Select Subcommittee Seeks Transparency on Conflicts of Interest and Vaccine Selection in Operation Warp Speed

Aug 13, 2020
Press Release

Washington, D.C. (August 13, 2020) -- Yesterday, Rep. James E. Clyburn, Chairman of the Select Subcommittee on the Coronavirus Crisis, sent letters to Secretary of Health and Human Services Alex Azar, Operation Warp Speed Chief Advisor Dr. Moncef Slaoui, and David S. Harris, President and Chief Executive Officer of Advanced Decision Vectors, seeking documents and information on potential conflicts of interest in Operation Warp Speed, the Administration’s vaccine and therapeutic development initiative.  The letters also seek information on the Administration’s process to select vaccine candidates for investment through this initiative.

 

“Successful development of a vaccine requires scientific rigor and an open and transparent process that is free from financial and political conflicts of interest,” the Chairman wrote to Secretary Azar. “This is especially true of a vaccine developed on an accelerated basis. The Select Subcommittee strongly supports efforts to develop and distribute a life-saving coronavirus vaccine, but I am concerned that the selection of candidate vaccines for Operation Warp Speed lacked transparency and excluded many vaccine experts.  I am also concerned that Dr. Slaoui’s financial interests in companies receiving federal funding—which he has referred to as “my retirement”—raise serious ethical issues and could undermine public confidence in this process.”

 

Operation Warp Speed’s chief advisor, Dr. Slaoui, is a venture capitalist and former pharmaceutical executive.  He held $10 million in GlaxoSmithKline securities as of May 2020.  On July 31, GlaxoSmithKline and Sanofi jointly secured an agreement of up to $2.1 billion to supply the federal government with 100 million doses of an experimental coronavirus vaccine, the largest such deal announced to date.

 

Dr. Slaoui also held significant holdings in Moderna, another company developing a coronavirus vaccine.  On April 16, 2020, the federal government awarded $483 million in support to Moderna.  On May 18, 2020, after joining Operation Warp Speed and amid widespread public pressure, Dr. Slaoui agreed to divest his holdings in Moderna.  The federal government awarded another $472 million in support for Moderna on July 26, 2020.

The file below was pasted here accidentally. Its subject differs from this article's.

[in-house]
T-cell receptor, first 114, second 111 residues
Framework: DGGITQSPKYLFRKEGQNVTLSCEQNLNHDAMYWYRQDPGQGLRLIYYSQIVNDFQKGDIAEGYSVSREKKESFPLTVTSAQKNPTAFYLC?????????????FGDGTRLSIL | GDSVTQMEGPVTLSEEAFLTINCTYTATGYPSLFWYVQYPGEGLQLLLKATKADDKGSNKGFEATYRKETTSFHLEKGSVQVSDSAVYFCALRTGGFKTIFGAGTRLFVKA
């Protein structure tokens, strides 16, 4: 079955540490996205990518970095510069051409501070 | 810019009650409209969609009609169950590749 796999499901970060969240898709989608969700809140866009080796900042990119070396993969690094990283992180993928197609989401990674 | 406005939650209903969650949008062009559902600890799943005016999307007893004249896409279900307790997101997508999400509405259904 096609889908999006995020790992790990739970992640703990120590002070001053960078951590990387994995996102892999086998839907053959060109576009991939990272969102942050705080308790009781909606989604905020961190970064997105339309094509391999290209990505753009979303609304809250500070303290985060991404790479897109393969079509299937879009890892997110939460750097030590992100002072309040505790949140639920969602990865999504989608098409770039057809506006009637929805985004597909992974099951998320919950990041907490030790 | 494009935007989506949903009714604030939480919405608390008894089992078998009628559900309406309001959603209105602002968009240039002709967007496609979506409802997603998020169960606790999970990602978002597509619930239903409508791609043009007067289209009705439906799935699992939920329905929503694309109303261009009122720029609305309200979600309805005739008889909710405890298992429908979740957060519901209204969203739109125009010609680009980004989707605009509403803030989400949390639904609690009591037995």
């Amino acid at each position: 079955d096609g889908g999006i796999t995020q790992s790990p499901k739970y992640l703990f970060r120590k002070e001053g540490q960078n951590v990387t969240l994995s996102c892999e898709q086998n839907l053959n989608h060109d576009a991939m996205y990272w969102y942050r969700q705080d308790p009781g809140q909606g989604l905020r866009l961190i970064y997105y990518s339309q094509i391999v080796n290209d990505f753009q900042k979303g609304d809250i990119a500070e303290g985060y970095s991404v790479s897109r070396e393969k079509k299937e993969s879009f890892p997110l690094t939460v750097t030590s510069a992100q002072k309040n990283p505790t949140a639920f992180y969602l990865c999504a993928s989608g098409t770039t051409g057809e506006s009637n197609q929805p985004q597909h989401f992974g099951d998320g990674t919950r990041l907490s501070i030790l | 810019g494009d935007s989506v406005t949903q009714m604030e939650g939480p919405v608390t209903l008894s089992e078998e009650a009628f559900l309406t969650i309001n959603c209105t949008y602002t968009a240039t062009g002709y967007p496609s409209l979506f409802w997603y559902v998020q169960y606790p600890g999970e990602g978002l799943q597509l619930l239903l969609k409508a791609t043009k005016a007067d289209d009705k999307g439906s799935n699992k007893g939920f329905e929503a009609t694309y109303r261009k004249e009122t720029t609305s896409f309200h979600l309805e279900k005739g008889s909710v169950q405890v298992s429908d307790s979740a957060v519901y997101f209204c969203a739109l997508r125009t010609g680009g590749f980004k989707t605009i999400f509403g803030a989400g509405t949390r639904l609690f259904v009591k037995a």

The Chairman wrote:  “It remains unclear whether Dr. Slaoui or other consultants working for Operation Warp speed have undisclosed conflicts of interest because the Administration has structured their contracts to avoid the ethics rules and requirements to disclose outside positions, stock holdings, and other potential conflicts that are applicable to federal employees.”

 

The Administration has reportedly hired Dr. Slaoui and several other outside consultants with ties to the pharmaceutical industry through a contractor, Advanced Decision Vectors.  Two of these consultants, William Erhardt and Dr. Rachel Harrigan, are former Pfizer executives.  On July 22, the Administration placed an order for a coronavirus vaccine, jointly developed by Pfizer and BioNTech, worth $1.95 billion upon the vaccine’s successful production and distribution. 

 

“Addressing potential conflicts of interest is critical to assure the public that decisions pertaining to the manufacturing and distribution of a coronavirus vaccine are made with a sound scientific basis, not for political reasons or for the financial benefit of any individual.”

 

The letter to Secretary Azar also expressed concern that the Administration’s process for selecting vaccine candidates has been opaque, and that the Administration has not released the list of vaccine candidates reviewed, the reasons for selecting or rejecting particular candidates, or the identity of the individuals who conducted the analysis or were responsible for selection decisions.

 

Click here to read today’s letter to Secretary AzarDr. Moncef Slaoui, and David S. Harris.

 

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116th Congress